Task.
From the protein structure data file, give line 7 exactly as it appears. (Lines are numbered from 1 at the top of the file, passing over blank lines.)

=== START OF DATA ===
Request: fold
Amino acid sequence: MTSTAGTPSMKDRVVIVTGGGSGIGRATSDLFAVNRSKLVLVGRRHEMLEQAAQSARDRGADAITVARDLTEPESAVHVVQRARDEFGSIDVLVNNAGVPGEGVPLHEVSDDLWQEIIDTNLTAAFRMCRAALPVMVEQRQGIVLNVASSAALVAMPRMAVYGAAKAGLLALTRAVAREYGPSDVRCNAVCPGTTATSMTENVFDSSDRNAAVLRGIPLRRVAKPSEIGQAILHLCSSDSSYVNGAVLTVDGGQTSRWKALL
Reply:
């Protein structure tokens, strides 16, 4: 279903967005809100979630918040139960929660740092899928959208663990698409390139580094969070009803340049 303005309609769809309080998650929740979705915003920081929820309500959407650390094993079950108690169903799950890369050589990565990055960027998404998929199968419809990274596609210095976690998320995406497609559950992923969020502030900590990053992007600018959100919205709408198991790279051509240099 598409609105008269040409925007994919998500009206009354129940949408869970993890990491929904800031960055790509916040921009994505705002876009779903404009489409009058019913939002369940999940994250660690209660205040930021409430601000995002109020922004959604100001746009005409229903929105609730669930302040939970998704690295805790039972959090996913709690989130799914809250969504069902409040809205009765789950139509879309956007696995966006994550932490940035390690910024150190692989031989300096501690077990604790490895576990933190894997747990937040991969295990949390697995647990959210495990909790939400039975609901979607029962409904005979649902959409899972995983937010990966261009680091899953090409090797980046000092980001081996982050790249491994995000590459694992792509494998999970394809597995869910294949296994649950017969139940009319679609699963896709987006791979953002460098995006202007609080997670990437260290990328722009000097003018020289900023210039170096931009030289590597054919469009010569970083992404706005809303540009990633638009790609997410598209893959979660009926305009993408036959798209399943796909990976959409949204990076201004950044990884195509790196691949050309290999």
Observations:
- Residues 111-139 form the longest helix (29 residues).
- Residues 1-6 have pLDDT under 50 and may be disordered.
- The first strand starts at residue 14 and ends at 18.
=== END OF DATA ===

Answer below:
- Residues 1-6 have pLDDT under 50 and may be disordered.